Sorry teacher, what does it mean to be a Global Citizen?”
This is the question our students keep asking since Global Citizenship has become the main theme, as well as a primary aim, of our educational activity at Istituto Massimo, in Rome.
It is not easy to give a prompt and correct answer, as people immediately think of a person who likes travelling, can speak several foreign languages and can easily adapt to different living conditions.
In fact, it is far more than this! The above mentioned characteristics are certainly useful, but they are meaningless without that ‘Magis’ able to help Ignatian students to make the difference.
How is it possible for a young person to understand that he or she can change the world?
It sounds like the ‘Butterfly effect’: the flapping of the animal’s wings is said to be able to cause a typhoon on the other side of the world. Who can believe it?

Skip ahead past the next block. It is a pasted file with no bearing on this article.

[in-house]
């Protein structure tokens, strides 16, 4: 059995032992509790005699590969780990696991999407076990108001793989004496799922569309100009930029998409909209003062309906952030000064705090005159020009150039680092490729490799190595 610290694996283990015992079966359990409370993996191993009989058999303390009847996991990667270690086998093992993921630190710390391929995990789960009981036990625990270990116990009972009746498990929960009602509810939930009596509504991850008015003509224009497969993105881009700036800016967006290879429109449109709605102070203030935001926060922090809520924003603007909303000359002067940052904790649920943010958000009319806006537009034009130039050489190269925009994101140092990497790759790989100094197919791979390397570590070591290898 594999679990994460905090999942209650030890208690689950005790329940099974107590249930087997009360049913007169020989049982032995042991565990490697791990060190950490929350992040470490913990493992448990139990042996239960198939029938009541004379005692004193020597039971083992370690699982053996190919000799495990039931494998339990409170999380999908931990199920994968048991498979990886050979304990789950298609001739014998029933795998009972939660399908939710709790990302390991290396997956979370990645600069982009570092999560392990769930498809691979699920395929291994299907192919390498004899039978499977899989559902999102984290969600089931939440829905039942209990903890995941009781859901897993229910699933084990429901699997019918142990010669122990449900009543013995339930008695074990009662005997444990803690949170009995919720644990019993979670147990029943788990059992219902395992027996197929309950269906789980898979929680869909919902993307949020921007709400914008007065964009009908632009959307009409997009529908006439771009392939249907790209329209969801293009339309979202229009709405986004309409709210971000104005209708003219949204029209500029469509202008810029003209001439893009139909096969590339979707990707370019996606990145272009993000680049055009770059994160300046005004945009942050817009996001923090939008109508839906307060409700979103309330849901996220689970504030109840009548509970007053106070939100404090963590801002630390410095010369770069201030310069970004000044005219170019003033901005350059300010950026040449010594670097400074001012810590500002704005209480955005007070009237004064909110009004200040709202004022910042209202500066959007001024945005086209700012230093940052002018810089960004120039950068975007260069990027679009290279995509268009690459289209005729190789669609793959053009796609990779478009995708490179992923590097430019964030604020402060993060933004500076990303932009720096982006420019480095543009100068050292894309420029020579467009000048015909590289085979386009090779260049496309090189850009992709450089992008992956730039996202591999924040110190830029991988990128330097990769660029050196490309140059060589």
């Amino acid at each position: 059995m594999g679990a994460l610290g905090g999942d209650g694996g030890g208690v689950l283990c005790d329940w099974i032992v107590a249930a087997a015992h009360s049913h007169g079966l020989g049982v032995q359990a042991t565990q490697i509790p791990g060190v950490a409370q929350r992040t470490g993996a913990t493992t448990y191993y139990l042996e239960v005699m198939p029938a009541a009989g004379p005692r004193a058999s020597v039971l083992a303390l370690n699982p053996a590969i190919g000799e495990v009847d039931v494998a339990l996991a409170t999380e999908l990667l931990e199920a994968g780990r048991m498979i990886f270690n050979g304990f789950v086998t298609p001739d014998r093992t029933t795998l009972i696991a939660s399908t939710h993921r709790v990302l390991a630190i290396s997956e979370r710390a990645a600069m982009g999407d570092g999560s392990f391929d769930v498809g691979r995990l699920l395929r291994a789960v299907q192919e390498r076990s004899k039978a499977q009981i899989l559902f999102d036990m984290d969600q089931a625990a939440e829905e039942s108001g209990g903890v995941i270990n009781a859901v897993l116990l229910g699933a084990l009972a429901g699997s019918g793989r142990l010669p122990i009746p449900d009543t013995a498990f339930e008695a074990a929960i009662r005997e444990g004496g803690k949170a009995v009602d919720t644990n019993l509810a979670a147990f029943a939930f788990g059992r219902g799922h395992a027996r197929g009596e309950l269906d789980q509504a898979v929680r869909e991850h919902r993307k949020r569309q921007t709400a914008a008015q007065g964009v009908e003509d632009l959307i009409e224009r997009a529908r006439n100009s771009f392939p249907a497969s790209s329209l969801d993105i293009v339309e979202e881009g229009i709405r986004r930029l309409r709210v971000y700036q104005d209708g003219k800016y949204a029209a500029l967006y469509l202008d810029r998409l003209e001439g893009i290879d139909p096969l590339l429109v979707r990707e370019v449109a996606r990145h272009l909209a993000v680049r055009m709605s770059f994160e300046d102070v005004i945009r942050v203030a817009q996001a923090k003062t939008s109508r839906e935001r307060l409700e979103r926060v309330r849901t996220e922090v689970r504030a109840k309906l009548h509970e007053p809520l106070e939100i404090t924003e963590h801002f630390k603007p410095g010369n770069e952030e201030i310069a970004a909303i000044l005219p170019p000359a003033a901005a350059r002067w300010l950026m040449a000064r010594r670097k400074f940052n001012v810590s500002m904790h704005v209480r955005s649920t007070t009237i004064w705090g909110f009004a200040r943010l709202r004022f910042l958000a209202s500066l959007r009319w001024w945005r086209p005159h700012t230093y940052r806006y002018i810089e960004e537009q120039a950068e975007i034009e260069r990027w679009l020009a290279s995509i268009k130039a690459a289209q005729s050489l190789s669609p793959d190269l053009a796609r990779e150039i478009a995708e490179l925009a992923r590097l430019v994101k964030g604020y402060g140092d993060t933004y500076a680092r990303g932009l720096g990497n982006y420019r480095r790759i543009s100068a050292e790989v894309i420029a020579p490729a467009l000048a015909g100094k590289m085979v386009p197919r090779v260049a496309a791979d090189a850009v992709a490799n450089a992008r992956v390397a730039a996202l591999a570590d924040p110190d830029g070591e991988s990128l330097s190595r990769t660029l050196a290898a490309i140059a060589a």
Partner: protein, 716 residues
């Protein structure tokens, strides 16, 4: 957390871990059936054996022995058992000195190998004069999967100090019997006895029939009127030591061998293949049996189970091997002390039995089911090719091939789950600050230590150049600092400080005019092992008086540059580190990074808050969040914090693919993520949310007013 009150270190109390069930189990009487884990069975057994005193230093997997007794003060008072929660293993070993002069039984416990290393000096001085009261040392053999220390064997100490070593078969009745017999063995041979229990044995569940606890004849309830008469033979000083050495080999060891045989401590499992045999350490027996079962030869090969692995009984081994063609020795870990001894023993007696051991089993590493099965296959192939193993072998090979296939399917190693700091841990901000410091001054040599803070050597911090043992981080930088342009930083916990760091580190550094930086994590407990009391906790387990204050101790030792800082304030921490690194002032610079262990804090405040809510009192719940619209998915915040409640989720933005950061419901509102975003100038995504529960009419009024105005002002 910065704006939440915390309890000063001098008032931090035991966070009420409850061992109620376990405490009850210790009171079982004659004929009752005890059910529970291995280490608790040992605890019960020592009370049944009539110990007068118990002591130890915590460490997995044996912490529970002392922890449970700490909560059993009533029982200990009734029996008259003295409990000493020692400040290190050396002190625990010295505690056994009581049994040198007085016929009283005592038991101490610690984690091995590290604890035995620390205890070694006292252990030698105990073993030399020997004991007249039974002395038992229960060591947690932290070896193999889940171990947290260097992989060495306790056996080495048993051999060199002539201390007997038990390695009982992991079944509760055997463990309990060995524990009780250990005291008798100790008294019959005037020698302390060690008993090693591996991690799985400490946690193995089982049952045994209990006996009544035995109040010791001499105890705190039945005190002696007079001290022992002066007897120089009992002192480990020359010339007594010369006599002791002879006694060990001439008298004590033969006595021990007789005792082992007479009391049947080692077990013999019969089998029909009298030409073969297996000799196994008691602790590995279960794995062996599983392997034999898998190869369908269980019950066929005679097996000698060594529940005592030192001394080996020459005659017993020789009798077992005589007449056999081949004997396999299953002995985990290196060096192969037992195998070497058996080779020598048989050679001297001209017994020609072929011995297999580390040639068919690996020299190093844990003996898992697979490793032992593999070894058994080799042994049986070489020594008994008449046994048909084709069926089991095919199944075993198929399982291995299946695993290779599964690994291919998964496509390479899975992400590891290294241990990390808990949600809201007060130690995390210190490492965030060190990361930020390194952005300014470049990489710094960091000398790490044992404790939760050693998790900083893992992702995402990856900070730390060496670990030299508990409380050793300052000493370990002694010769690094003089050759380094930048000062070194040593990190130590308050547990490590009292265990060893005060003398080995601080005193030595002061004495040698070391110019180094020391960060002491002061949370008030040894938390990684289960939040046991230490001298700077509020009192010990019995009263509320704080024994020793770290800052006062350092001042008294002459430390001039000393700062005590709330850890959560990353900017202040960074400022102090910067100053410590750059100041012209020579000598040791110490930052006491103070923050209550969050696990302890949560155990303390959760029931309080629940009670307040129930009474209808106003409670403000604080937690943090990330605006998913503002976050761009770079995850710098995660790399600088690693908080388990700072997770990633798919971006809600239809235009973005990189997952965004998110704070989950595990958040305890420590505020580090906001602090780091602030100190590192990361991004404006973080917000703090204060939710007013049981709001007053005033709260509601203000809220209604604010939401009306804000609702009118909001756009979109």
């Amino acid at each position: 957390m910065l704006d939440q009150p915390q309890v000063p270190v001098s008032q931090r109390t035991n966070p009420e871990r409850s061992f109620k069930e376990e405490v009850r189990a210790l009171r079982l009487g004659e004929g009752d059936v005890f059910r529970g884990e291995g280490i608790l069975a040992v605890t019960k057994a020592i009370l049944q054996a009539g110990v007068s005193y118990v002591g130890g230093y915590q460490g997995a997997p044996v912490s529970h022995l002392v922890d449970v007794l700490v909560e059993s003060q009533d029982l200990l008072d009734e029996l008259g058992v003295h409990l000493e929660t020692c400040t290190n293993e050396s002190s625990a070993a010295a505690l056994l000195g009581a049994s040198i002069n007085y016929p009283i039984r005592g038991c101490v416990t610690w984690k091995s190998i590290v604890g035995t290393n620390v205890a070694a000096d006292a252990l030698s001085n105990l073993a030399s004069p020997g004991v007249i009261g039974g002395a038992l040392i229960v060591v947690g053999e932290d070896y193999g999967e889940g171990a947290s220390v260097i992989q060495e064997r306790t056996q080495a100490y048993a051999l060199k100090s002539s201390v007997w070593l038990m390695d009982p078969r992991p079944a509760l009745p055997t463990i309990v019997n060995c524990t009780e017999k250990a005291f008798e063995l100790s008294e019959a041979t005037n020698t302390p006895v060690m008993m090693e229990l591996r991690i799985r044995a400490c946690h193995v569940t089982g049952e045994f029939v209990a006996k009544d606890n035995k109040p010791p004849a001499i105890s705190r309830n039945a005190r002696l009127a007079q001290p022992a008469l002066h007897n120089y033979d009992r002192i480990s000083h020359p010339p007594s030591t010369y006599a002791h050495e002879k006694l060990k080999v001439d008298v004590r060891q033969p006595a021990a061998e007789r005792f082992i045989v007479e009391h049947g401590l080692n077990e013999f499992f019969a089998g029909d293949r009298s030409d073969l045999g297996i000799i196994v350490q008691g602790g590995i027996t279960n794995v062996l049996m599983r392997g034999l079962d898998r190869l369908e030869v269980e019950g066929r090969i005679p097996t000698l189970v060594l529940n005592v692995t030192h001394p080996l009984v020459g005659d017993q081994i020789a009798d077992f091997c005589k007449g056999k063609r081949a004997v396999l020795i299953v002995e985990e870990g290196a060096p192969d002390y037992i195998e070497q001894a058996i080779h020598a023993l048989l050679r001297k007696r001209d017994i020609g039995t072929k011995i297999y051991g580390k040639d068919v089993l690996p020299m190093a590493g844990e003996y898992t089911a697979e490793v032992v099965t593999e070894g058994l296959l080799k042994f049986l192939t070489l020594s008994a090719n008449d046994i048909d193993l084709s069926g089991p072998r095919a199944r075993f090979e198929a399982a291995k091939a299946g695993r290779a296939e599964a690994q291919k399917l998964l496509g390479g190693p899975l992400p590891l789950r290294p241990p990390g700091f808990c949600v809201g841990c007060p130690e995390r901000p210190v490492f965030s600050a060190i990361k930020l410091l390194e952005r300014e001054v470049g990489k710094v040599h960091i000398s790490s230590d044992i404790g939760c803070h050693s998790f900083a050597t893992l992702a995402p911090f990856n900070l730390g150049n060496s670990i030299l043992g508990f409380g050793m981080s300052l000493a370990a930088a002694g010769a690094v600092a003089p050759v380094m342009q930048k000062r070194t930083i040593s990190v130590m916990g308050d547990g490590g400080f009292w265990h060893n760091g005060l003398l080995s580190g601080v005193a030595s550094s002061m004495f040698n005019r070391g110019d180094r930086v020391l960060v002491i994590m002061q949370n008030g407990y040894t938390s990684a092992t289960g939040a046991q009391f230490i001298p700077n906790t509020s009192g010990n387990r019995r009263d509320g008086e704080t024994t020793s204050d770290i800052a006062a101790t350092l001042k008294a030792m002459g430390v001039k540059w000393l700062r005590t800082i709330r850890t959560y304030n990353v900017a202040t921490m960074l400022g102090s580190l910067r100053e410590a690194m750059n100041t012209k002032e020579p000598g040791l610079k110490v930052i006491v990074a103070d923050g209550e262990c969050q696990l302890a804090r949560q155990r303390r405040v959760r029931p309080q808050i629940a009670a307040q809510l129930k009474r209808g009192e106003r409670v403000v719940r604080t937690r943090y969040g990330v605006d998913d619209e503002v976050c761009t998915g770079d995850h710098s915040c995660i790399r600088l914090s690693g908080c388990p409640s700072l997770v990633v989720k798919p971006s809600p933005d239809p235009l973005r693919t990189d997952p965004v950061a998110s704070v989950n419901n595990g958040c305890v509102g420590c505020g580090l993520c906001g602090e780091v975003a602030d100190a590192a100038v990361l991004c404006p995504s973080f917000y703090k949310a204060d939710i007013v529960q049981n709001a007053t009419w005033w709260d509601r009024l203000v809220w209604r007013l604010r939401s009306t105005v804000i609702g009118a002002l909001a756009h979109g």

From a holistic perspective, the faster we become aware of how tightly we are interconnected with the environment and interdependent from each other, the better we will know ourselves and live a fulfilled life with and for our neighbor.
This is the objective of Istituto Massimo:
educating competent, conscious, compassionate and committed global citizens, able to face the contemporary challenges with creativity and courage, following Jesus Christ’s way, in an open dialogue with any other religious perspective, taking care of the others, in particular of those in need, and of the world, our common home, according to justice, love and peace.” (from the Istituto M. Massimo’s document about “Pedagogical Method”)
In order to hit the target, we do not compartmentalize the subjects we teach or the projects we propose to our students; on the contrary what the community does is helping children and adolescents recognize the thread that ties together all the activities developed and performed at school.